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Fracture Treatments

Ankle Fracture
In cases of the stable ankle, a brace or a short leg cast are applied to immobilize the area and allow it to heal properly. But in case of out of place fracture or unstable ankle, surgery is required to reposition the bone fragments and hold them together with special screws and metal plates.

Elbow Fracture
Some of the elbow fractures may require only splint, sling or cast to hold the elbow in place but displaced or open fractures require surgical treatment.

Femur Shaft Fracture
Some of the distal femur fractures may be treated with skeletal traction or casting and bracing. But the rest of the complicated fractures need surgical treatment that can be an internal or external fixation.

Finger Fracture
Finger fractures may be treated with splint or cast to hold the injured finger straight and protect it from further injury. But some of the fractures may require surgery to put the bones into alignment.

Forearm Fracture
Stable forearm fractures can be treated with splint or cast by immobilizing the injured forearm. But some of the fractures may require surgery to put the bones into alignment and secure them in place.

Hand Fracture
Most of the hand fractures can be realigned by manipulation without surgery. A splint, brace or cast is applied for immobilizing the injured hand. But some of the fractures may require surgery to put the bones into alignment and secure them in place.

Heel Fracture
Most of the heel fractures require surgery to reconstruct the normal anatomy of the heel and restore mobility so that patients can return to normal activity. Very rarely, nonsurgical treatment including immobilization by cast, brace and splint is recommended if the pieces of broken bone have not been displaced by the force of the injury. It is ideal to wait for 5 to 7 days till the swelling subsides for surgery.

Hip Fracture
Some fractures of the hip can be managed non-surgically if the patient is too ill to undergo surgery. But the rest of the fractures require surgery to reconstruct the normal anatomy of the hip and restore mobility so that patients can return to normal activity.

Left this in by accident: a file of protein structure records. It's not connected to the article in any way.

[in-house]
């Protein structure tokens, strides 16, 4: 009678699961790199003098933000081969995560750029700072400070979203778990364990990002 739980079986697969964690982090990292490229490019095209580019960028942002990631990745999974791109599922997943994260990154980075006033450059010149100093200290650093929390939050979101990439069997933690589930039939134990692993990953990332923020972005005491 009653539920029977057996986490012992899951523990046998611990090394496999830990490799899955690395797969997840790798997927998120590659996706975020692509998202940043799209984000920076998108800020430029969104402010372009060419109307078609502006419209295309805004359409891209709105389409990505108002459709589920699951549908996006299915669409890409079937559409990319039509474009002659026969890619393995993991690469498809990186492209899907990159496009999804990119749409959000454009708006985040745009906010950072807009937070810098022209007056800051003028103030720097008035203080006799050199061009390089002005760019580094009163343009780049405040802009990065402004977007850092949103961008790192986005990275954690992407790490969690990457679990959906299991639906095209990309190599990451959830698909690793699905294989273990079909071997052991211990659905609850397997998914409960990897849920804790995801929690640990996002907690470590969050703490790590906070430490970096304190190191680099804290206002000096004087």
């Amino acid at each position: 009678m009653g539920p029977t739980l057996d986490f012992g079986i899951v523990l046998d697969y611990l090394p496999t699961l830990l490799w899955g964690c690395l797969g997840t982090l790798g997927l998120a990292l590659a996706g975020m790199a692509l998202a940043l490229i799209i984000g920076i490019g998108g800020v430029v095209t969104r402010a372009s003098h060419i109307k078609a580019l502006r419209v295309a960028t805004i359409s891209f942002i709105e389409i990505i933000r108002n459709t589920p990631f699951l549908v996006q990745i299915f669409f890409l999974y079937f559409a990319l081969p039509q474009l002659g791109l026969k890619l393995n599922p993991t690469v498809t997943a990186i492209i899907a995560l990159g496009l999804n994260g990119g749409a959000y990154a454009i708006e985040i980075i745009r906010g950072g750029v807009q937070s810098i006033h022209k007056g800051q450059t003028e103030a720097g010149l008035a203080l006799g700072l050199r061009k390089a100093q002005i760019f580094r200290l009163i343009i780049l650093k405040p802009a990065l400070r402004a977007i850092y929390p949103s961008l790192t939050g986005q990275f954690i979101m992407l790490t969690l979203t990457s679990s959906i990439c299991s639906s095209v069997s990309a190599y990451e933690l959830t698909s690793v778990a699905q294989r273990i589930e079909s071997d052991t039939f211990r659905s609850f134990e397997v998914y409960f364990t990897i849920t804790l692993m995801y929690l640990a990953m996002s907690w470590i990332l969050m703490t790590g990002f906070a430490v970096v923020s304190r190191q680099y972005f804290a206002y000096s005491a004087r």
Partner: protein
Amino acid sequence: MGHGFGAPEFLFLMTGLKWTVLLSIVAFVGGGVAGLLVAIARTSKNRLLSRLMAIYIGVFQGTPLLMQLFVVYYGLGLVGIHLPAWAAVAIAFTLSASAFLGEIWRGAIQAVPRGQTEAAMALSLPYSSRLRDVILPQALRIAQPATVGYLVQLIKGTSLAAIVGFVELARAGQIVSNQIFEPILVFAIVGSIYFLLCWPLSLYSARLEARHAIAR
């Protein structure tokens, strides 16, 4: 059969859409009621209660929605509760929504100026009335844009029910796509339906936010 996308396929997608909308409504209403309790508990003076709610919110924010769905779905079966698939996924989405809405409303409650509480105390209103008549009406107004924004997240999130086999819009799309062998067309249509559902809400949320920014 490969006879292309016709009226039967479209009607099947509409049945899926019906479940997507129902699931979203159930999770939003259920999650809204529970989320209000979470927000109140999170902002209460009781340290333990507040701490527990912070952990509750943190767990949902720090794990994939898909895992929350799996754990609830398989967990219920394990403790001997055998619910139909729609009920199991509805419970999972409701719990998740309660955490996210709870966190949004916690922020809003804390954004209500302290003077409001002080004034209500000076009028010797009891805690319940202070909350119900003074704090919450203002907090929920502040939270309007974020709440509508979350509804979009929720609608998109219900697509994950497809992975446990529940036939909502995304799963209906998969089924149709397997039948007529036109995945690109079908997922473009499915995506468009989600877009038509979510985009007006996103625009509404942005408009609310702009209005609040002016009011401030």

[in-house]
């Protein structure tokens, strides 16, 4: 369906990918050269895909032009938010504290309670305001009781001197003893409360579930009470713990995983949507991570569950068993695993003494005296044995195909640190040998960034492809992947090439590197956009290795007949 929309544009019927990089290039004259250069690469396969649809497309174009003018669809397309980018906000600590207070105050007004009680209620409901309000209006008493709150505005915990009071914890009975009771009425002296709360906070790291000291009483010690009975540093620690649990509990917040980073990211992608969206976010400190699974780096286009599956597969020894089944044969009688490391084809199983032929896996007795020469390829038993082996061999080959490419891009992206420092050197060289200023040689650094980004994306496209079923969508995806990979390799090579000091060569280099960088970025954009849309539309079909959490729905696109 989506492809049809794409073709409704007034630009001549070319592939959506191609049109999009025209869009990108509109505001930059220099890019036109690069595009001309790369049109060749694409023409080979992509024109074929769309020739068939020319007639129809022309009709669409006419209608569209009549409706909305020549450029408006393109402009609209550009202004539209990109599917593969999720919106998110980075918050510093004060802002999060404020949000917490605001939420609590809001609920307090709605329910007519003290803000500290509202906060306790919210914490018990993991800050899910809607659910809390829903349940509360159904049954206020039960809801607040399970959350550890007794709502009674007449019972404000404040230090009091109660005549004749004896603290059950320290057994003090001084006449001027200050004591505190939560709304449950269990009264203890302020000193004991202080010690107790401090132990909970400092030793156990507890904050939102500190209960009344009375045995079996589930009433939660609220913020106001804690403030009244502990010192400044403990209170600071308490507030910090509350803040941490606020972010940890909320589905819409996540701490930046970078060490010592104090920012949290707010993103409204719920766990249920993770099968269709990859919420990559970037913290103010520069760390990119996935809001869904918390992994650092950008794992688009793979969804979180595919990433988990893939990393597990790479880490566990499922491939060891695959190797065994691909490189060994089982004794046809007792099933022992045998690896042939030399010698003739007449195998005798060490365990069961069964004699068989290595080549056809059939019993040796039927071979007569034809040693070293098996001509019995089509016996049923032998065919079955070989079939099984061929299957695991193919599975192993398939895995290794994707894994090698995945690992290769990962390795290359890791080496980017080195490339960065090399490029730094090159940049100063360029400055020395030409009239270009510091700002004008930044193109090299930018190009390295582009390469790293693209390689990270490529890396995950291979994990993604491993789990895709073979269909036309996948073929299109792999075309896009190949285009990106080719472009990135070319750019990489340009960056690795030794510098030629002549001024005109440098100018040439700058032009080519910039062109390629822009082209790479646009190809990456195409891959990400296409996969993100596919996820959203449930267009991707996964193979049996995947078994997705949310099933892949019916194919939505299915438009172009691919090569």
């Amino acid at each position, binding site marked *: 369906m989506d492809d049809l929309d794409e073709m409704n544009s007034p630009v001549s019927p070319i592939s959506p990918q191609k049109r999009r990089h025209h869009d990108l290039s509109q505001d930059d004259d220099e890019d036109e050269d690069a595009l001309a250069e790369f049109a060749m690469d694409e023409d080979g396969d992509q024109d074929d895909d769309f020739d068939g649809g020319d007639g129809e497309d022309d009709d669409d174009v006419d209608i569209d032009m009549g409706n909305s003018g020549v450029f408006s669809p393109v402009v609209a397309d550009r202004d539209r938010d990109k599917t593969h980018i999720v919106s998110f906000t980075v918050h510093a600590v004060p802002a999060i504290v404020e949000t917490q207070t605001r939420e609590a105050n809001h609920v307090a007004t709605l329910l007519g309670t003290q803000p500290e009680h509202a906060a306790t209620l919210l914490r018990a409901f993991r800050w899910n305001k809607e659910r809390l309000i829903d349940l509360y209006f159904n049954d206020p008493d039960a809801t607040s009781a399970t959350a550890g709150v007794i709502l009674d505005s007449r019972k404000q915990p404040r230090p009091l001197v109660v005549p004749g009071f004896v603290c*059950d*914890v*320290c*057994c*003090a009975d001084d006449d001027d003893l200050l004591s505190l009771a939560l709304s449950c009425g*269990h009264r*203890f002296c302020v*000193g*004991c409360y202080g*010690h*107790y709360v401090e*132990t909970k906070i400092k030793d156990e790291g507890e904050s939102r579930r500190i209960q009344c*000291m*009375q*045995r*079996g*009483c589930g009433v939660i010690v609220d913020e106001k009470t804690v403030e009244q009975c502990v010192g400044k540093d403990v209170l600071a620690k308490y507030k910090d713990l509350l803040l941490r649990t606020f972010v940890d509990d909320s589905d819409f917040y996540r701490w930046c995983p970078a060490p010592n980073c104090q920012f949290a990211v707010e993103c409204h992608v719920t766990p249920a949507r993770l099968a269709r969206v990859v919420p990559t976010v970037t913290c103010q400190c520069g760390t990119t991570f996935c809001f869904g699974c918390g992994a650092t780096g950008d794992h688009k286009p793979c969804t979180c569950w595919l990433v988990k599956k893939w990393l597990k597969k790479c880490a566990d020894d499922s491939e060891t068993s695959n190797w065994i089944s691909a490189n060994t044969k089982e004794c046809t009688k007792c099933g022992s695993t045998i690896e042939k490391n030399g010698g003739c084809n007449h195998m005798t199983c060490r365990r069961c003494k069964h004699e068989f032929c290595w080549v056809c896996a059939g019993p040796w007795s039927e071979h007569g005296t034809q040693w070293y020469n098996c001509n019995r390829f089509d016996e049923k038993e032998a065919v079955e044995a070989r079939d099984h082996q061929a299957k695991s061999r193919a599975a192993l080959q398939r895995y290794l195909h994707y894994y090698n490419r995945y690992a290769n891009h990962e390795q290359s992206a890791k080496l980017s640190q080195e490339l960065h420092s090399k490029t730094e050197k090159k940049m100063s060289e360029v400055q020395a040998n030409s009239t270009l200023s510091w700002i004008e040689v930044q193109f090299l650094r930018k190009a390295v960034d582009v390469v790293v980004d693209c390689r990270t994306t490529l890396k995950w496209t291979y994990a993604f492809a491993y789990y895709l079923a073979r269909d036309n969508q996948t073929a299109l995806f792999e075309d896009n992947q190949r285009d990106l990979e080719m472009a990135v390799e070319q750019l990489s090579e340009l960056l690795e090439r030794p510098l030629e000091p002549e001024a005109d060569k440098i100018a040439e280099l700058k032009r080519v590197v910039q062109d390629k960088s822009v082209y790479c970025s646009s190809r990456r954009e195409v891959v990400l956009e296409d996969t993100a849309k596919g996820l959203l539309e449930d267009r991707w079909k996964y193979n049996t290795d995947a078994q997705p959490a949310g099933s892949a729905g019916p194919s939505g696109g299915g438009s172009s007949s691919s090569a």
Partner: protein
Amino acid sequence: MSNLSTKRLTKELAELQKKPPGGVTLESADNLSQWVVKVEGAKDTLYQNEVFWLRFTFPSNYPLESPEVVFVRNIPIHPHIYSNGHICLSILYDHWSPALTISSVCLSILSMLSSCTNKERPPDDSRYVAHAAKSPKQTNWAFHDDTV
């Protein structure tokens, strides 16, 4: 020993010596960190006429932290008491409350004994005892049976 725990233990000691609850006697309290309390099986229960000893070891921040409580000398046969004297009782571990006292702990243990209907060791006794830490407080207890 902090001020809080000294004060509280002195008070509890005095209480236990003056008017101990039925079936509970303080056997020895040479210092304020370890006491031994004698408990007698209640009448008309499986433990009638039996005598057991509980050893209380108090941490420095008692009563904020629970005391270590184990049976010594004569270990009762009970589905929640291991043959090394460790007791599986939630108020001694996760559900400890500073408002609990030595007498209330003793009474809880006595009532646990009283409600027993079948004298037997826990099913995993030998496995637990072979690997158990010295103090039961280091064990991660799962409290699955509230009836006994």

Knee Fracture
Some of the fractures of knee are managed by non-surgical treatment including immobilization by splint, brace. But the rest of the fractures require surgery to reduce the bone and restore mobility so that patients can return to normal activity.

Shoulder Fracture
Treatment of most of the shoulder fracture involves its immobilization with a sling or shoulder immobiliser. Some fractures of Humerus, clavicle, need surgery for fixation of the fracture fragments with plates and screws.

Wrist Fracture
Stable fractures of the wrist can be managed by cast or splint while unstable fractures often require surgery to restore and hold the alignment.

Pelvic Fracture
Treatment depends upon the severity of the injury. While lower-energy fractures can be managed with conservative care, treatment for high-energy pelvic fractures usually involves surgery to reconstruct the pelvis and restore stability so that patients can resume their daily activities.

Unhealed Fractures Treatments
Some non-united fractures can be managed by non-surgical options like bone stimulator that delivers ultrasonic or pulsed electromagnetic waves that stimulate healing. But for other unhealed fractures, surgical treatment like bone graft or bone graft substitute.

Fracture Infection
Every fracture can get infectious and its prevention starts as soon as the patient reports injury. The main precautionary, as well as therapeutic measures, include:

  • Antibiotics
  • Debridement and irrigation to cleanse the wound and remove as much contamination as possible
  • Additional surgery to clean out the infection
  • Placement of special drains in the wound to rid of pus
  • Antibiotic delivery systems, like “antibiotic beads,” to provide higher concentrations of antibiotics
  • Amputation of the infected limb

Stress Fracture
While most of the stress fractures heal on their own with rest for 6-8 weeks from the activity and sports. But stress fracture can recur so the activity should not be resumed too quickly and harshly. In addition to rest, following may also help in the healing of fracture:

  • Shoe inserts or braces
  • Splint or cast to immobilise the affected area
  • Use of crutches or a walking stick
  • Surgery in cases of severe stress fractures